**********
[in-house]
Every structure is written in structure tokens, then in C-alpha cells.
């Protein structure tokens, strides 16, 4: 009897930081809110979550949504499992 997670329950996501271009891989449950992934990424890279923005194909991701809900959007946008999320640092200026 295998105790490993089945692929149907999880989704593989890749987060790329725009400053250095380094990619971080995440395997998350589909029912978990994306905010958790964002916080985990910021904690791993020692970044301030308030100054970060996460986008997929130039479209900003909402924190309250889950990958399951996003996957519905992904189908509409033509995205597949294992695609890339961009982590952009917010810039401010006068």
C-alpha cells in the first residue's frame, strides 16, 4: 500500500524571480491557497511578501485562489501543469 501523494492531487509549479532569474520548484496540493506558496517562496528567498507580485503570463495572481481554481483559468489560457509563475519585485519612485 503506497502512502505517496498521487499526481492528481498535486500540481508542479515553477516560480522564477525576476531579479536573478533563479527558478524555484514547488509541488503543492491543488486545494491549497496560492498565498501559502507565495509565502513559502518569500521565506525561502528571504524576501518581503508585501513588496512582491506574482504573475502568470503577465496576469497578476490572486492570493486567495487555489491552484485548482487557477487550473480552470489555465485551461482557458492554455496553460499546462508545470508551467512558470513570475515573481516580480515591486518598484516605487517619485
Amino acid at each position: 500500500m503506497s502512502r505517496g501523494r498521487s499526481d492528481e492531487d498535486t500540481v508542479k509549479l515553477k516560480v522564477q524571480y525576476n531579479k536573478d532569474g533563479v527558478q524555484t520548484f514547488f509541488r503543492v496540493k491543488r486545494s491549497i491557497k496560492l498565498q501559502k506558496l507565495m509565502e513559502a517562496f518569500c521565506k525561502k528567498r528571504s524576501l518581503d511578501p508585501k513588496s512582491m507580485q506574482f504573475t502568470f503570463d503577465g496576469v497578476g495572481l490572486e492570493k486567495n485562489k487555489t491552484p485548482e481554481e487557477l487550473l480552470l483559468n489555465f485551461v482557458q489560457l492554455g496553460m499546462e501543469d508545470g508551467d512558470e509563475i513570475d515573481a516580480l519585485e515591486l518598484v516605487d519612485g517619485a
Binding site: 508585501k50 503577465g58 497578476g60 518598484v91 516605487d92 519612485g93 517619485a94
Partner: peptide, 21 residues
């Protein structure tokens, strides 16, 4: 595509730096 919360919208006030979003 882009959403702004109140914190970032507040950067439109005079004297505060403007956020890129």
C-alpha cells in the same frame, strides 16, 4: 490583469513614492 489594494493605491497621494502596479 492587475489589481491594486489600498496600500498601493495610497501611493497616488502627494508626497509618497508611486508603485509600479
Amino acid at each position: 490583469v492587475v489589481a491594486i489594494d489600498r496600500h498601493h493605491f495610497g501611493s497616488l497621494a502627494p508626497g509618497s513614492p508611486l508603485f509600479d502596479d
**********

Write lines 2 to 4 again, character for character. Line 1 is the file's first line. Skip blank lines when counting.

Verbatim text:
Every structure is written in structure tokens, then in C-alpha cells.
């Protein structure tokens, strides 16, 4: 009897930081809110979550949504499992 997670329950996501271009891989449950992934990424890279923005194909991701809900959007946008999320640092200026 295998105790490993089945692929149907999880989704593989890749987060790329725009400053250095380094990619971080995440395997998350589909029912978990994306905010958790964002916080985990910021904690791993020692970044301030308030100054970060996460986008997929130039479209900003909402924190309250889950990958399951996003996957519905992904189908509409033509995205597949294992695609890339961009982590952009917010810039401010006068």
C-alpha cells in the first residue's frame, strides 16, 4: 500500500524571480491557497511578501485562489501543469 501523494492531487509549479532569474520548484496540493506558496517562496528567498507580485503570463495572481481554481483559468489560457509563475519585485519612485 503506497502512502505517496498521487499526481492528481498535486500540481508542479515553477516560480522564477525576476531579479536573478533563479527558478524555484514547488509541488503543492491543488486545494491549497496560492498565498501559502507565495509565502513559502518569500521565506525561502528571504524576501518581503508585501513588496512582491506574482504573475502568470503577465496576469497578476490572486492570493486567495487555489491552484485548482487557477487550473480552470489555465485551461482557458492554455496553460499546462508545470508551467512558470513570475515573481516580480515591486518598484516605487517619485